Why Women (and Men) Get "Baby Fever"
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Clearly, though, many women do not ever feel the pull of the ticking clock, or don’t feel it distinctly, and “part of the variation is probably genetic,” she says, “as with most things.” It’s also important to note that men have been found to encounter baby fever too: In an exhaustive study surveying the potential causes of the phenomenon, Gary Brase, an associate professor of psychology at Kansas State University, found that men experience it, just to a lesser degree than women do.
Adding to the lists of “could-bes,” baby fever might just be a “superfluous” feeling arising from “general interest in parenting,” she says. (Although, if a nurturing instinct were the sole explanation, pets would be a far more effective — not to mention cheaper and easier — solution to baby fever.) “At an age were most women in our evolutionary past would have been mothers, or at least surrounded by babies and children, many Western women are not, and this may create a situation where you feel a strong urge to have an outlet and object for your maternal emotions.” Rotkirch points to research on baboons and chimpanzees showing a clear variation in maternal behavior: “Some are very interested in mothering and training to become a mother,” she says, while others are not.
But it’s impossible to ignore the social influence and culture of baby mania — just consider the pregnancy porn in celebrity tabloids and the high-profile exhortations to hurry up and settle down before it’s too late! Then, too, girls are often trained as nurturers from the time they’re in the bassinet. However, Brase, who has studied the issue for nearly a decade, found that beliefs about gender roles — for example, a woman’s conviction that her proper place is in the home — were not strong predictors of baby fever. “Desire for a baby is not strongly connected to people’s gender roles,” he told me.
There is good evidence of a different kind of social influence, though. A Swedish study found that women are more likely to have babies shortly after their co-workers have babies. Is might be a coincidence that my sudden baby ache arrived right around the time that my peers started getting pregnant, or it might not. Within a couple of months of each other, two friends, a family member and a co-worker, all but a handful of years older than me, announced that they had a baby on board. Brase also found that one of the strongest predictors of baby fever was prior positive experiences with babies.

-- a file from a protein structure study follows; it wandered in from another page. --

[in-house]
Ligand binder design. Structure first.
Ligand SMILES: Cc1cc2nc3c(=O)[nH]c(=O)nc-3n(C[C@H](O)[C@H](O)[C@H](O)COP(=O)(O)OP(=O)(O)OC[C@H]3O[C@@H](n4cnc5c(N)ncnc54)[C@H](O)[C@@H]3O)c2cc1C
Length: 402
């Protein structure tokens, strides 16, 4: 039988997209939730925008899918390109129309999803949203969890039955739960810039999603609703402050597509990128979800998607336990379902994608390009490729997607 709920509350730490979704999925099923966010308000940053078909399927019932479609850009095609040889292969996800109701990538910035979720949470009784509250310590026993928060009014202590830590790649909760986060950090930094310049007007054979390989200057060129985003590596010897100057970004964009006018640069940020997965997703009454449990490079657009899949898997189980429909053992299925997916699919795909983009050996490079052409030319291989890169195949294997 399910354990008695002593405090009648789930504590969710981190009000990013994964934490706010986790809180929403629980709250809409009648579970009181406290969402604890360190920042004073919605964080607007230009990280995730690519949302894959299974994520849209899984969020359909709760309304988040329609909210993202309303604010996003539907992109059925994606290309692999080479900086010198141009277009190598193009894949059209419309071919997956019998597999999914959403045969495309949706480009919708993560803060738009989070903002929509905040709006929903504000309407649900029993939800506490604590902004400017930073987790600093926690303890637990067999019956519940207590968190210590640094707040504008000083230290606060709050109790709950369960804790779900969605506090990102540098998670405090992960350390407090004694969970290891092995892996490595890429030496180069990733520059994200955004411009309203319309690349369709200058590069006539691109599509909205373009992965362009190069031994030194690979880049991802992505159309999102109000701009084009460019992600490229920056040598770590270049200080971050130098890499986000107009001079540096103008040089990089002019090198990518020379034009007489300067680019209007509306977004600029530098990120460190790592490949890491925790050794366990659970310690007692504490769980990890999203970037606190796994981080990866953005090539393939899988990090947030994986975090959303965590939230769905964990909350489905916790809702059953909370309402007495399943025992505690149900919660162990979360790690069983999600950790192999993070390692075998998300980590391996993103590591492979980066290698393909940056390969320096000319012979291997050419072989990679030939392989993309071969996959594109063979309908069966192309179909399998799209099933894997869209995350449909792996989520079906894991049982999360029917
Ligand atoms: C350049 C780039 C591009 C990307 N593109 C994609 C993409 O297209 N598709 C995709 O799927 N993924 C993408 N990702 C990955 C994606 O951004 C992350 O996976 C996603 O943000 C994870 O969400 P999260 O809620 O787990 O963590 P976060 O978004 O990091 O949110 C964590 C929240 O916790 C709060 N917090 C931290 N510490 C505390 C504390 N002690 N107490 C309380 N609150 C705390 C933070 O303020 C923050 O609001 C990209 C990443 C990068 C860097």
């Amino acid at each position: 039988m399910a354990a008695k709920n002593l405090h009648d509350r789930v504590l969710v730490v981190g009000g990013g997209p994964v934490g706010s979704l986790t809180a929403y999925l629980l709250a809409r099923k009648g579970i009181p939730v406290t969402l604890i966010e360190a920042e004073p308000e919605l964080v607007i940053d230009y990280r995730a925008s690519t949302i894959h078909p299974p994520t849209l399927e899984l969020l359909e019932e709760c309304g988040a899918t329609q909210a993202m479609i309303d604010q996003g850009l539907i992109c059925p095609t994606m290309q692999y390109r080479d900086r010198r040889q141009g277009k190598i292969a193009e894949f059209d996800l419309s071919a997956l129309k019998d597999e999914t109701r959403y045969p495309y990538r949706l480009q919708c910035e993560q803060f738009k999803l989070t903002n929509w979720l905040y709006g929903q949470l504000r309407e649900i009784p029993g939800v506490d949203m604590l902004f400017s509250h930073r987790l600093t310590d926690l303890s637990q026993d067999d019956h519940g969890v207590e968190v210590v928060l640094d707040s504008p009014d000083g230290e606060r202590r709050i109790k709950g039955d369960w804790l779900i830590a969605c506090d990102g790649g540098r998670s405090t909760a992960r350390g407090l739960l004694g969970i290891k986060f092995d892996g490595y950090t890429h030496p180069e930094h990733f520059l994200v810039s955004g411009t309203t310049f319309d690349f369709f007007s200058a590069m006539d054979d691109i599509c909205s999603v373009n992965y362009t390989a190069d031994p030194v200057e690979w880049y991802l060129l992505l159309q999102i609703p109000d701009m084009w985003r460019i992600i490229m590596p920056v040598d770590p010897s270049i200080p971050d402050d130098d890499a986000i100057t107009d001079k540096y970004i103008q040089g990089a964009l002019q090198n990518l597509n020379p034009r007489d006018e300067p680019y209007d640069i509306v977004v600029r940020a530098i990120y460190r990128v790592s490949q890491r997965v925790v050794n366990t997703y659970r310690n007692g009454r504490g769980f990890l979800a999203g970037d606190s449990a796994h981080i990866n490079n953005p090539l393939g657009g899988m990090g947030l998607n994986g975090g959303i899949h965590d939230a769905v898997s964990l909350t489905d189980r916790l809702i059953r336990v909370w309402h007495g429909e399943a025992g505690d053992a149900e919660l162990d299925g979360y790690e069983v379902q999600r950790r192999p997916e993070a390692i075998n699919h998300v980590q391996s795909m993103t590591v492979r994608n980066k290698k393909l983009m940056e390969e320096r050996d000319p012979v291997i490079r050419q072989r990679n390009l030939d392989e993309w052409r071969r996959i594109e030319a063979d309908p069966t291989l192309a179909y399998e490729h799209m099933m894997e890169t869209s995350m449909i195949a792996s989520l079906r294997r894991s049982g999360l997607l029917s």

Regardless of whether it stems from our evolutionary roots, there’s no denying that baby fever as a cultural phenomenon or topic of discussion is “a very new and ‘social’ thing,” Rotkirch says. “This is due to the fact that in contemporary developed societies, we grow sexually mature younger but start having babies later than in most other societies through history,” she says. “There is more time to be physiologically mature for a baby without actually having one.”
It’s also the case that women’s greater choices and freedom has resulted in “more ambivalence and decision making,” she says, over whether to have a baby, as well as when and with whom. There are also greater potential barriers related to education and career. Rotkirch found in surveying women that “the longing usually awoke when having a child would theoretically have been possible as the woman was basically healthy and had a satisfying couple relationship,” but “circumstances opposed it, usually the woman’s own life plans, problems in reproductive health, or the attitude of her male partner.”